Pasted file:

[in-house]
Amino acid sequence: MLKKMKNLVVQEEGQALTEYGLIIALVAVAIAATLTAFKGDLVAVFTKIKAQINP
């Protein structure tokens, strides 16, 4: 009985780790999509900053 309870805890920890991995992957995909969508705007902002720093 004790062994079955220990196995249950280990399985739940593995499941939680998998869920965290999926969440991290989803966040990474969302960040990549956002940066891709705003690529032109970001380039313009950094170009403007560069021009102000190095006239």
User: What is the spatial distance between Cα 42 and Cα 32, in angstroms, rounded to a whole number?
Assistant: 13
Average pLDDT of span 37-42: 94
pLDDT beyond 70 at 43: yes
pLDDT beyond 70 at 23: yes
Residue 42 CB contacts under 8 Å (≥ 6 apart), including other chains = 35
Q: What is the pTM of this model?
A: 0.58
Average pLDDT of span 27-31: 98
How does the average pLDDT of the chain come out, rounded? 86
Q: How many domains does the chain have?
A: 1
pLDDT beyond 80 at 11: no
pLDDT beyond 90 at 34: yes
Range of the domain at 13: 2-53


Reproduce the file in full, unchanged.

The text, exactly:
[in-house]
Amino acid sequence: MLKKMKNLVVQEEGQALTEYGLIIALVAVAIAATLTAFKGDLVAVFTKIKAQINP
């Protein structure tokens, strides 16, 4: 009985780790999509900053 309870805890920890991995992957995909969508705007902002720093 004790062994079955220990196995249950280990399985739940593995499941939680998998869920965290999926969440991290989803966040990474969302960040990549956002940066891709705003690529032109970001380039313009950094170009403007560069021009102000190095006239």
User: What is the spatial distance between Cα 42 and Cα 32, in angstroms, rounded to a whole number?
Assistant: 13
Average pLDDT of span 37-42: 94
pLDDT beyond 70 at 43: yes
pLDDT beyond 70 at 23: yes
Residue 42 CB contacts under 8 Å (≥ 6 apart), including other chains = 35
Q: What is the pTM of this model?
A: 0.58
Average pLDDT of span 27-31: 98
How does the average pLDDT of the chain come out, rounded? 86
Q: How many domains does the chain have?
A: 1
pLDDT beyond 80 at 11: no
pLDDT beyond 90 at 34: yes
Range of the domain at 13: 2-53